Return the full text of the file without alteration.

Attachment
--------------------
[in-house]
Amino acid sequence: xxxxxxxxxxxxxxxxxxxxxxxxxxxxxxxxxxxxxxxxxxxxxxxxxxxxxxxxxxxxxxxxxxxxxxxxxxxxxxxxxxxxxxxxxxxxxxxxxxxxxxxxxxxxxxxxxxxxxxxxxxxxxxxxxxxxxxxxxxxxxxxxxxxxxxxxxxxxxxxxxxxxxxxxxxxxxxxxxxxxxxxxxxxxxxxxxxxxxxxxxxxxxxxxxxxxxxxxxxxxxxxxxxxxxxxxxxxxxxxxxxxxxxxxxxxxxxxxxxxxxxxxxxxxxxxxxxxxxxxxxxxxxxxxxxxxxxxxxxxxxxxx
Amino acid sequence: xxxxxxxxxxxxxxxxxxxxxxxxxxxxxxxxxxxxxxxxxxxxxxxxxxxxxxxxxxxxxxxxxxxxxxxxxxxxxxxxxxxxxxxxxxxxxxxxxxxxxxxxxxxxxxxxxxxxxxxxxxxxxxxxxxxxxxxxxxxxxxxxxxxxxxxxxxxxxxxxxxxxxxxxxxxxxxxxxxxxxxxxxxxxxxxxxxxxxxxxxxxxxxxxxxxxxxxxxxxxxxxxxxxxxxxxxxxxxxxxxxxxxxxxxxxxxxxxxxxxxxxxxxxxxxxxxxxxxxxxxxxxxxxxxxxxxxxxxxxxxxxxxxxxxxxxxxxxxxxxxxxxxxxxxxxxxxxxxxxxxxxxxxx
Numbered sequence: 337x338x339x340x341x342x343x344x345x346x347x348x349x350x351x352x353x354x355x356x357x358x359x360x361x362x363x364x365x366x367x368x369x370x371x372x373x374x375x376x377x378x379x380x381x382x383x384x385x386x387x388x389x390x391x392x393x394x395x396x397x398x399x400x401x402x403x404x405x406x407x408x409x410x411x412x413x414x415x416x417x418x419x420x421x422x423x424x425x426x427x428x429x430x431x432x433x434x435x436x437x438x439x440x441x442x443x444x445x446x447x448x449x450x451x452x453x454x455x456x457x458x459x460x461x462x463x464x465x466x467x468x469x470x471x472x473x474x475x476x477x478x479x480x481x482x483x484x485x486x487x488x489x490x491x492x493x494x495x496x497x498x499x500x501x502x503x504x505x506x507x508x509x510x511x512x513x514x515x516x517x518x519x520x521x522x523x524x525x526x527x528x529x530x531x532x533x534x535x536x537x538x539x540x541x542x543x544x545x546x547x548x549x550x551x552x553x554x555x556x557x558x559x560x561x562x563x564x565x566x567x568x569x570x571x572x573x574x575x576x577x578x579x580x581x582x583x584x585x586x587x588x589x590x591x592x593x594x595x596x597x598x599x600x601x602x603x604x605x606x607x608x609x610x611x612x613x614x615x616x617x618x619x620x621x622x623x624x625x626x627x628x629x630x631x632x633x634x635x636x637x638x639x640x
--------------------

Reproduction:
[in-house]
Amino acid sequence: xxxxxxxxxxxxxxxxxxxxxxxxxxxxxxxxxxxxxxxxxxxxxxxxxxxxxxxxxxxxxxxxxxxxxxxxxxxxxxxxxxxxxxxxxxxxxxxxxxxxxxxxxxxxxxxxxxxxxxxxxxxxxxxxxxxxxxxxxxxxxxxxxxxxxxxxxxxxxxxxxxxxxxxxxxxxxxxxxxxxxxxxxxxxxxxxxxxxxxxxxxxxxxxxxxxxxxxxxxxxxxxxxxxxxxxxxxxxxxxxxxxxxxxxxxxxxxxxxxxxxxxxxxxxxxxxxxxxxxxxxxxxxxxxxxxxxxxxxxxxxxxx
Amino acid sequence: xxxxxxxxxxxxxxxxxxxxxxxxxxxxxxxxxxxxxxxxxxxxxxxxxxxxxxxxxxxxxxxxxxxxxxxxxxxxxxxxxxxxxxxxxxxxxxxxxxxxxxxxxxxxxxxxxxxxxxxxxxxxxxxxxxxxxxxxxxxxxxxxxxxxxxxxxxxxxxxxxxxxxxxxxxxxxxxxxxxxxxxxxxxxxxxxxxxxxxxxxxxxxxxxxxxxxxxxxxxxxxxxxxxxxxxxxxxxxxxxxxxxxxxxxxxxxxxxxxxxxxxxxxxxxxxxxxxxxxxxxxxxxxxxxxxxxxxxxxxxxxxxxxxxxxxxxxxxxxxxxxxxxxxxxxxxxxxxxxxxxxxxxxx
Numbered sequence: 337x338x339x340x341x342x343x344x345x346x347x348x349x350x351x352x353x354x355x356x357x358x359x360x361x362x363x364x365x366x367x368x369x370x371x372x373x374x375x376x377x378x379x380x381x382x383x384x385x386x387x388x389x390x391x392x393x394x395x396x397x398x399x400x401x402x403x404x405x406x407x408x409x410x411x412x413x414x415x416x417x418x419x420x421x422x423x424x425x426x427x428x429x430x431x432x433x434x435x436x437x438x439x440x441x442x443x444x445x446x447x448x449x450x451x452x453x454x455x456x457x458x459x460x461x462x463x464x465x466x467x468x469x470x471x472x473x474x475x476x477x478x479x480x481x482x483x484x485x486x487x488x489x490x491x492x493x494x495x496x497x498x499x500x501x502x503x504x505x506x507x508x509x510x511x512x513x514x515x516x517x518x519x520x521x522x523x524x525x526x527x528x529x530x531x532x533x534x535x536x537x538x539x540x541x542x543x544x545x546x547x548x549x550x551x552x553x554x555x556x557x558x559x560x561x562x563x564x565x566x567x568x569x570x571x572x573x574x575x576x577x578x579x580x581x582x583x584x585x586x587x588x589x590x591x592x593x594x595x596x597x598x599x600x601x602x603x604x605x606x607x608x609x610x611x612x613x614x615x616x617x618x619x620x621x622x623x624x625x626x627x628x629x630x631x632x633x634x635x636x637x638x639x640x